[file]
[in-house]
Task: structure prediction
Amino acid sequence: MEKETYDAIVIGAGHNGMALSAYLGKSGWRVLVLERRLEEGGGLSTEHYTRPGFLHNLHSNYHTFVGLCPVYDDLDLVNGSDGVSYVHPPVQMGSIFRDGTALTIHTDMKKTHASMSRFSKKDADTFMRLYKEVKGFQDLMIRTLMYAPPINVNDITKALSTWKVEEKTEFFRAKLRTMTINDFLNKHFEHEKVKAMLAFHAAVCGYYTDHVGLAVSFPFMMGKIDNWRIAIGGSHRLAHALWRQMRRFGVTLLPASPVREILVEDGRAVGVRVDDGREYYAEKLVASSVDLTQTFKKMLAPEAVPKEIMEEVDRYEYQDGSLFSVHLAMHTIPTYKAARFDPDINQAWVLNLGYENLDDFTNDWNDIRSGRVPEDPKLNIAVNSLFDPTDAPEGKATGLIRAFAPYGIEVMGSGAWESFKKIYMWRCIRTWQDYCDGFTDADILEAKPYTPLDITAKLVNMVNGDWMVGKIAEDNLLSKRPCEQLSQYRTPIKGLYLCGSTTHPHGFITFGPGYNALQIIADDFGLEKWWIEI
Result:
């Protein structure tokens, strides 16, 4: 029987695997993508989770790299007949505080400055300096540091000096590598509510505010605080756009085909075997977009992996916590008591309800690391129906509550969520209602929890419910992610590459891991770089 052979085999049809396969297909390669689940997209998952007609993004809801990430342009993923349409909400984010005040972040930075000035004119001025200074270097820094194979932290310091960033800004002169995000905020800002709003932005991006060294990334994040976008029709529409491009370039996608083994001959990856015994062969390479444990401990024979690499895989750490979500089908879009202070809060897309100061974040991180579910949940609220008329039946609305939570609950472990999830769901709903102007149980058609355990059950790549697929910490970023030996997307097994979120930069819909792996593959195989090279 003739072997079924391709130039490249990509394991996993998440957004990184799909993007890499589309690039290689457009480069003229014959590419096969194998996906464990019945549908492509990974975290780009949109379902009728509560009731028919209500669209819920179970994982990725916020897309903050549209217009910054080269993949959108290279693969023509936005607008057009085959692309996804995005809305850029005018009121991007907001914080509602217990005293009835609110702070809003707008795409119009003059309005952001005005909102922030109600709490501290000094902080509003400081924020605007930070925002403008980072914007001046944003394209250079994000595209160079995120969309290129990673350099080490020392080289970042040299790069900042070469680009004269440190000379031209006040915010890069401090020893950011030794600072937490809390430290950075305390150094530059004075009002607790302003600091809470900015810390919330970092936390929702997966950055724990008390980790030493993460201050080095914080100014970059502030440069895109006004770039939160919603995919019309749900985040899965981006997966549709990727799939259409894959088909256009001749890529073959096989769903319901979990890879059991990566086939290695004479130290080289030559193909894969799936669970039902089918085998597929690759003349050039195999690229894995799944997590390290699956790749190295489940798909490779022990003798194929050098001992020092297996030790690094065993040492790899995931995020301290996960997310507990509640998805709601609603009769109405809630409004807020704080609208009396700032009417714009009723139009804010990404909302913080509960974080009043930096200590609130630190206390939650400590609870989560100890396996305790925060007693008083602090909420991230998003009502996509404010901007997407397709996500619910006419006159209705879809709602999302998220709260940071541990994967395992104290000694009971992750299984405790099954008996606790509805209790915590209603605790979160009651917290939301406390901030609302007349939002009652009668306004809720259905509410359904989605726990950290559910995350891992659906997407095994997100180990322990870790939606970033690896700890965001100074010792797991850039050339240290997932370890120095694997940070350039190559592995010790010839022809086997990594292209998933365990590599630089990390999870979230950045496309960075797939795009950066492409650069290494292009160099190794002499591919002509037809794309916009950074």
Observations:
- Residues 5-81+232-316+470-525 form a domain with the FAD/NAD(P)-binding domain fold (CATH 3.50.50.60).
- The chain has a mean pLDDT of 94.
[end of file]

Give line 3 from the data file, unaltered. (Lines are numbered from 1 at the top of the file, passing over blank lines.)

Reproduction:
Amino acid sequence: MEKETYDAIVIGAGHNGMALSAYLGKSGWRVLVLERRLEEGGGLSTEHYTRPGFLHNLHSNYHTFVGLCPVYDDLDLVNGSDGVSYVHPPVQMGSIFRDGTALTIHTDMKKTHASMSRFSKKDADTFMRLYKEVKGFQDLMIRTLMYAPPINVNDITKALSTWKVEEKTEFFRAKLRTMTINDFLNKHFEHEKVKAMLAFHAAVCGYYTDHVGLAVSFPFMMGKIDNWRIAIGGSHRLAHALWRQMRRFGVTLLPASPVREILVEDGRAVGVRVDDGREYYAEKLVASSVDLTQTFKKMLAPEAVPKEIMEEVDRYEYQDGSLFSVHLAMHTIPTYKAARFDPDINQAWVLNLGYENLDDFTNDWNDIRSGRVPEDPKLNIAVNSLFDPTDAPEGKATGLIRAFAPYGIEVMGSGAWESFKKIYMWRCIRTWQDYCDGFTDADILEAKPYTPLDITAKLVNMVNGDWMVGKIAEDNLLSKRPCEQLSQYRTPIKGLYLCGSTTHPHGFITFGPGYNALQIIADDFGLEKWWIEI